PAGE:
Reduce Injuries with Proper Technique

It is fresh in all our memories on how quickly a season can end with a knee injury. It happens thousands of time every season, with most being non-contact injuries.

Many times non-contact injuries are something that might not have been helped. There was simply a predisposition for the injury to occur. There are definite measures we can take to reduce injuries with proper technique.

One of the measures I personally believe can be taken to reduce the risk of injury is proper technique. When an athlete loads the system correctly through proper posture the chances of injury should be reduced.

Cut or a Lateral Change of Direction Move

Let’s take a look at a cut or a lateral change of direction move. When an athlete uses correct technique you will almost always see the ankle joint being dorsiflexed by pushing the knees forward BUT ALLOWING THE HEEL TO STAY DOWN.  Notice I did not say push the knees forward and have the heel come way up off the floor. We should also see the hip being pushed back and the shoulder pushed forward (with a flat back) to load the glutes and hamstrings (and all posterior muscles). When the ankles are loaded, the hips are loaded and as a result the muscles are on tension we are more stable and able to move safer.

Poor Posture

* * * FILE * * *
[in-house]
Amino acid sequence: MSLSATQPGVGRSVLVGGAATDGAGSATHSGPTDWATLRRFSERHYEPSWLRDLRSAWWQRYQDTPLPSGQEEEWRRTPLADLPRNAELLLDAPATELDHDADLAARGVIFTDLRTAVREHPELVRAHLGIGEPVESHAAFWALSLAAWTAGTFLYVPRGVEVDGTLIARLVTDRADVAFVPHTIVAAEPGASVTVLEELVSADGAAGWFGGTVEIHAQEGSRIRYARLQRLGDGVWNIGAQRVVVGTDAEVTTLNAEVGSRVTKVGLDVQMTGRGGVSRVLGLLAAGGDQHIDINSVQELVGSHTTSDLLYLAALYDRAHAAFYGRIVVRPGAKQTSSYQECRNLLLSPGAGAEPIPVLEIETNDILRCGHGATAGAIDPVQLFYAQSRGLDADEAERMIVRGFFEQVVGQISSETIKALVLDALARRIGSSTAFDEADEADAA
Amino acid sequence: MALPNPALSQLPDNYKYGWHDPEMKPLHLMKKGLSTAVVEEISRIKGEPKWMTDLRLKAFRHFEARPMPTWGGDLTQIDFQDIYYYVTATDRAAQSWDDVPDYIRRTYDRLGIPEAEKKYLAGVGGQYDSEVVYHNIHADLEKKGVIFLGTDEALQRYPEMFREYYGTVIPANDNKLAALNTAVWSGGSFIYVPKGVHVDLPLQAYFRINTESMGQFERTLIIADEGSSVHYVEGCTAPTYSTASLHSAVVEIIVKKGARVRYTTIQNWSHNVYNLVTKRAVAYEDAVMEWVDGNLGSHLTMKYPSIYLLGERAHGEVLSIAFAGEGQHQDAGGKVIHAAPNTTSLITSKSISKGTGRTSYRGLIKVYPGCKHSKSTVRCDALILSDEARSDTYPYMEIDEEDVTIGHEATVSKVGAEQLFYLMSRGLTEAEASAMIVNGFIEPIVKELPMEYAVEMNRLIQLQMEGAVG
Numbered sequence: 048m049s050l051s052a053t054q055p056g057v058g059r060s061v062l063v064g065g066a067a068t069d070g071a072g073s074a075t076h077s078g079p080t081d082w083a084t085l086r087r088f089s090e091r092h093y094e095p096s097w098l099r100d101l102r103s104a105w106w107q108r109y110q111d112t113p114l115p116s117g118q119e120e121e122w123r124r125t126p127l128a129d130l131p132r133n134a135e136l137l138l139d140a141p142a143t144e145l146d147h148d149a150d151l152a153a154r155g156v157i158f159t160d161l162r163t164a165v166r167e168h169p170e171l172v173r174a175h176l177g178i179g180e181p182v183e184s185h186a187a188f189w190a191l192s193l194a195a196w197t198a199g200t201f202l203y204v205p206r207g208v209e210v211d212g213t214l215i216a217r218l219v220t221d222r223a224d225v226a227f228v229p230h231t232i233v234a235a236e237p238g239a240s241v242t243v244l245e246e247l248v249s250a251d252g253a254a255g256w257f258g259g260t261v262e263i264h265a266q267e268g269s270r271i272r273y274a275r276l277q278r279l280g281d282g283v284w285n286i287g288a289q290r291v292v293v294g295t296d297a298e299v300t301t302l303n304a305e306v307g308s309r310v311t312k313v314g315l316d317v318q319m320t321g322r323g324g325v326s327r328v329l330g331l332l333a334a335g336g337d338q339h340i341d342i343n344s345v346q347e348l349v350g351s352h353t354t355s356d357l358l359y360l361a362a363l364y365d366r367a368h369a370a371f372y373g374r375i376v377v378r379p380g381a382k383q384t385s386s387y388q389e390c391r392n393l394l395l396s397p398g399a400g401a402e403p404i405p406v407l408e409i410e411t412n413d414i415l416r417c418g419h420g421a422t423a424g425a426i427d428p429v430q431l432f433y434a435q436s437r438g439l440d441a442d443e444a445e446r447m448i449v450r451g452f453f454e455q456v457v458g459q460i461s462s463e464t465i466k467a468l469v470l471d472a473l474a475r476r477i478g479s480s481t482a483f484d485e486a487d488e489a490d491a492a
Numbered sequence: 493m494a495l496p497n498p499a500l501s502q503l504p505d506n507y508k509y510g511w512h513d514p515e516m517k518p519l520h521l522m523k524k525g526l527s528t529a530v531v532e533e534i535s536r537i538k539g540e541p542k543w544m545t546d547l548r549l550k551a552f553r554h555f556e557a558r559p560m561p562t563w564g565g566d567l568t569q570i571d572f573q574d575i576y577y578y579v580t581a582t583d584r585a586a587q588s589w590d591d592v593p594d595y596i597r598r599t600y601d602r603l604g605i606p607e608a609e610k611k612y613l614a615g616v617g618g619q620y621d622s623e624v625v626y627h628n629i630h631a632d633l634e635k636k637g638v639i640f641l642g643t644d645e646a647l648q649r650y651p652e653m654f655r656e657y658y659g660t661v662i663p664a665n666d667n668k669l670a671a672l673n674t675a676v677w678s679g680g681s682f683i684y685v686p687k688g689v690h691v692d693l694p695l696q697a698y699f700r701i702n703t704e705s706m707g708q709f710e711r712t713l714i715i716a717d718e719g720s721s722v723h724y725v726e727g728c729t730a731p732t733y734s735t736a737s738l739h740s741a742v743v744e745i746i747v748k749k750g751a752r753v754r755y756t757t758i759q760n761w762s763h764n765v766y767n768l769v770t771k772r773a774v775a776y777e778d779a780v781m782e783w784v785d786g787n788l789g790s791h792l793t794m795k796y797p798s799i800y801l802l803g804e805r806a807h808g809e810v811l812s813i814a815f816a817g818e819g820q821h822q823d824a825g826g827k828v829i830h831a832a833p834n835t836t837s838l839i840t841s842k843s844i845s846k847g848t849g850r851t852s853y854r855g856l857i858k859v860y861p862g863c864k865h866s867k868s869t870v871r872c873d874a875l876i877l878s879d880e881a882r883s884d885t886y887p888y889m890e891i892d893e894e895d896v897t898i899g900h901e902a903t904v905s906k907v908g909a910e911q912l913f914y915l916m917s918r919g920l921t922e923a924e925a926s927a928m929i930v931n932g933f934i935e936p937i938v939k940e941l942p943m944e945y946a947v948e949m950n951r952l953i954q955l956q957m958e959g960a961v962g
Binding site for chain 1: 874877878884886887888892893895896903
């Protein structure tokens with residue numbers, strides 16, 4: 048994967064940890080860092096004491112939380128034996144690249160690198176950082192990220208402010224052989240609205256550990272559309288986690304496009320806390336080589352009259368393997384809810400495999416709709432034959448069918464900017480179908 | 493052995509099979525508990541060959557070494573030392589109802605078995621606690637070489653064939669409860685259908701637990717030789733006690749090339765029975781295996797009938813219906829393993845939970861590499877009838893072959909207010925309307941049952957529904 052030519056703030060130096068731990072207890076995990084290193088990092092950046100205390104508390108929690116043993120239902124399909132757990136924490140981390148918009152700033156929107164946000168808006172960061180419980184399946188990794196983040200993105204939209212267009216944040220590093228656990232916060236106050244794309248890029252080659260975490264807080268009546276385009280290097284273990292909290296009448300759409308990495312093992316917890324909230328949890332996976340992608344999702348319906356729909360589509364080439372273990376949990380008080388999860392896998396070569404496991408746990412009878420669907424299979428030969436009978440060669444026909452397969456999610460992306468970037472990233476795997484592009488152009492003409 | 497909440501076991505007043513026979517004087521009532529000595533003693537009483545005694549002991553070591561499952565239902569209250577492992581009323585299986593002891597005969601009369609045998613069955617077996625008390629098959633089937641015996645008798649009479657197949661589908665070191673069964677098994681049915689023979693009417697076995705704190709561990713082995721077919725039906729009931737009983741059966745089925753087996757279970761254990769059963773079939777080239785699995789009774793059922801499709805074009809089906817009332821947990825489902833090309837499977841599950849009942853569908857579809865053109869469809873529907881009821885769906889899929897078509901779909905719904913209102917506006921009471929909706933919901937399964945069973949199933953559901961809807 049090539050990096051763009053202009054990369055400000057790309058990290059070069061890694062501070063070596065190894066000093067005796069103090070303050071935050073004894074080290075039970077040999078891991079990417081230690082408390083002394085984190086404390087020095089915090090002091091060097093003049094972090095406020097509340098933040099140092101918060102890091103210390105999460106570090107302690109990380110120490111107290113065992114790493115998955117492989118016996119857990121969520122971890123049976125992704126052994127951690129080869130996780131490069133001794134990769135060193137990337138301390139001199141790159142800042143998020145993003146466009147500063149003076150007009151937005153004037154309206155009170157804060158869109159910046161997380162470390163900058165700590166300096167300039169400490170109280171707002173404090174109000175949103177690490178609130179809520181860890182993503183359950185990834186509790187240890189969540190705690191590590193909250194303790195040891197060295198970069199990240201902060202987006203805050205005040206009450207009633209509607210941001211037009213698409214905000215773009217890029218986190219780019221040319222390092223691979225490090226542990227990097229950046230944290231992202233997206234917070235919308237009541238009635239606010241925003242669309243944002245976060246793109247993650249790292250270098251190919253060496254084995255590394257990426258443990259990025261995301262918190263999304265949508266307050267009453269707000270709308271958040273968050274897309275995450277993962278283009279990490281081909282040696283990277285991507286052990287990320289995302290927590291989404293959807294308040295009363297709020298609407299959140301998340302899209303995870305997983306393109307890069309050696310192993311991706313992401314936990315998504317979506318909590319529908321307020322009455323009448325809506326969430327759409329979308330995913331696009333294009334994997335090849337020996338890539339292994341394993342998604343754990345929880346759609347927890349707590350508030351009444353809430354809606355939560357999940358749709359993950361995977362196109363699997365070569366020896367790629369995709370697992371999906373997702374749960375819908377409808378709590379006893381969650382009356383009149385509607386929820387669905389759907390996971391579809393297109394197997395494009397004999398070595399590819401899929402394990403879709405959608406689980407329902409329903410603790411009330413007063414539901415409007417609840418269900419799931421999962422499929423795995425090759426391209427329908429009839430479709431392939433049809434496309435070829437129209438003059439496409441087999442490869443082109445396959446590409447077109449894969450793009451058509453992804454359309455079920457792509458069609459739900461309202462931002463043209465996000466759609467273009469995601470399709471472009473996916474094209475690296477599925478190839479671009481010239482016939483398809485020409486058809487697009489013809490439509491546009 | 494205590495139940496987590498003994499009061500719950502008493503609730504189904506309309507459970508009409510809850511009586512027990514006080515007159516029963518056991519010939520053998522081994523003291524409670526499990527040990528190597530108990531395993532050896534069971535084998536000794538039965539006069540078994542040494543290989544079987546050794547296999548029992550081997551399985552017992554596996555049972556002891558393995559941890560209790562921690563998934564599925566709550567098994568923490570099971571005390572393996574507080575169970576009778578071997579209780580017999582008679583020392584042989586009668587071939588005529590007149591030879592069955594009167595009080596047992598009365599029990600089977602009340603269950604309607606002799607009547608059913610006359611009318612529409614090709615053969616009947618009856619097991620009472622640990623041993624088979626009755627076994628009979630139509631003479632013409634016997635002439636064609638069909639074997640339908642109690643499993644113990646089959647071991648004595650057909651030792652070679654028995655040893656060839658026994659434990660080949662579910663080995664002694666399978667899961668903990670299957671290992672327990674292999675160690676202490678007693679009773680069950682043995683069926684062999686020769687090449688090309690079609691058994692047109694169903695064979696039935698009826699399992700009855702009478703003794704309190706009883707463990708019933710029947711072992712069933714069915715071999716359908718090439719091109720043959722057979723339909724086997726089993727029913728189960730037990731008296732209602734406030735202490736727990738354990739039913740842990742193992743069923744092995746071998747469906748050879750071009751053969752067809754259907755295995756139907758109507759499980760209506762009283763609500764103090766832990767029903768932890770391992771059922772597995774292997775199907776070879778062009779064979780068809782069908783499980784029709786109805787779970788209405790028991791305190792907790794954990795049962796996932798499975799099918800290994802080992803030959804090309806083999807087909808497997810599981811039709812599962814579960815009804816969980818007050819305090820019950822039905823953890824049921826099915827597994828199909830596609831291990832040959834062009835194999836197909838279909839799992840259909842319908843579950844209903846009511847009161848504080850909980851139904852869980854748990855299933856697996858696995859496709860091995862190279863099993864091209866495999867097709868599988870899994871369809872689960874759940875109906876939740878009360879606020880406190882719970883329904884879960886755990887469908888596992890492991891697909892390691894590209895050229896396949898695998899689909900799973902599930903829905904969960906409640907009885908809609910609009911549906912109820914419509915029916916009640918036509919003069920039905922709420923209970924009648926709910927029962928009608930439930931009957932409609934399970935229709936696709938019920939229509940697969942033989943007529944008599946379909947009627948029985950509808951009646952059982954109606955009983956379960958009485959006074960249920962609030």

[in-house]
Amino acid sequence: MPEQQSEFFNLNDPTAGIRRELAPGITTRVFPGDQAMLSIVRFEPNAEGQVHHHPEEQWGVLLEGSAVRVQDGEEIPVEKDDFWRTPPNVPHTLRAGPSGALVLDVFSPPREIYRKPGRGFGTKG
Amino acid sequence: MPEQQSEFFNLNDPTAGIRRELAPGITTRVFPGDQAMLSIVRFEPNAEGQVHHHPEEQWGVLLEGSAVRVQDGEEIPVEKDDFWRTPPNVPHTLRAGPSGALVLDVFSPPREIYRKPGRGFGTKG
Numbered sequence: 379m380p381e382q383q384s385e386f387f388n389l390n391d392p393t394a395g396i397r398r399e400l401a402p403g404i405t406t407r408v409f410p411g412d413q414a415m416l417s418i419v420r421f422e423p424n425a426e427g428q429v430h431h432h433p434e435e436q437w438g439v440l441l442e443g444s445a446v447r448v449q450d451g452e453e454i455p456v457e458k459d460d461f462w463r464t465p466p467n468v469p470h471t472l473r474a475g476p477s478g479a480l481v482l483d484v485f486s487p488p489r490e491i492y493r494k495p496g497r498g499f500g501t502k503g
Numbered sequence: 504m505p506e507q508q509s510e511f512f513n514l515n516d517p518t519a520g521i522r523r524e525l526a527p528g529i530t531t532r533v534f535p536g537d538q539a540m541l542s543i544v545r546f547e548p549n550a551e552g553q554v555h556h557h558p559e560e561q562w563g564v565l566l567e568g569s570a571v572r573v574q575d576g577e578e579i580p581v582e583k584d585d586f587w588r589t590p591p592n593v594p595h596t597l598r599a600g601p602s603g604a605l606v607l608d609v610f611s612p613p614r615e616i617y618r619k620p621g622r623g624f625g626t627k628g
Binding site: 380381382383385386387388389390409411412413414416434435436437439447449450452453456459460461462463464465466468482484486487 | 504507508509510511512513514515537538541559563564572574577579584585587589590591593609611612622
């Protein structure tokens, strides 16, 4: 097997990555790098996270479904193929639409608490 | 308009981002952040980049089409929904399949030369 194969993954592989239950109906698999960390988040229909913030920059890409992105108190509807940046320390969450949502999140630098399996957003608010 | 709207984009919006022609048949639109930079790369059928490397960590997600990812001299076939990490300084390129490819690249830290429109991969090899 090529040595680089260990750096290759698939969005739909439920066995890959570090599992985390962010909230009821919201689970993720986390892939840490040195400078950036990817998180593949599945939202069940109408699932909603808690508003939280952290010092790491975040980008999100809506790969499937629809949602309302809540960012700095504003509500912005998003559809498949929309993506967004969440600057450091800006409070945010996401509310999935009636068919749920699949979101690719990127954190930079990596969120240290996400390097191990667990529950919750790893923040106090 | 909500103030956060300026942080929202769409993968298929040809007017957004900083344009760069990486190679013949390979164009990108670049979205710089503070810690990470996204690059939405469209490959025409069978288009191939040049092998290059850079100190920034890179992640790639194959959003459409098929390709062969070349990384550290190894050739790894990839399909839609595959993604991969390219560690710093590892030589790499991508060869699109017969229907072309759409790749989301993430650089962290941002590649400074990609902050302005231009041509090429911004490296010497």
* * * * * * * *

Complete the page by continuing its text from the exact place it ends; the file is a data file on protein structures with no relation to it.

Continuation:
Let’s now look at a poor posture that can invite injury potential to increase. The athlete pushes the knees forward but allows the heels to come up. The hips become sucked under the center of mass not allowing the critical hip/glute muscles to turn on effectively and the shoulders stay vertical not aiding in loading the posterior chain muscles. Wow! Talk about a recipe for disaster!

Reduce Risk

It only takes about three minutes each day to reinforce the proper technique. Here is a simple progression you can use to get your athletes on the path to success, not injury:

  1. Proper static athletic stance- loading ankles, knee, hips…
  2. Toe drops into proper athletic stance (jump landing stance) start tall on toes and quickly drop into the stance your want. There shouldn’t be any valgus action at knees.
  3. Six inch mini jumps and stick landing- have athlete jump up and stick landing. The key to all landings is to get under control in one second or less.
  4. Multi-directional landings- have the athletes perform medium level jumps forward, sideways, angled and backwards always landing in the proper posture

I would love to hear your feedback on how this works for you. I have used it for years and can say my teams have been extremely healthy.

To learn exactly how to get your athletes in the proper stance for any direction of movement, be the best coach you can be and keep your athletes off the sideline… I highly recommend Basketball Speed.

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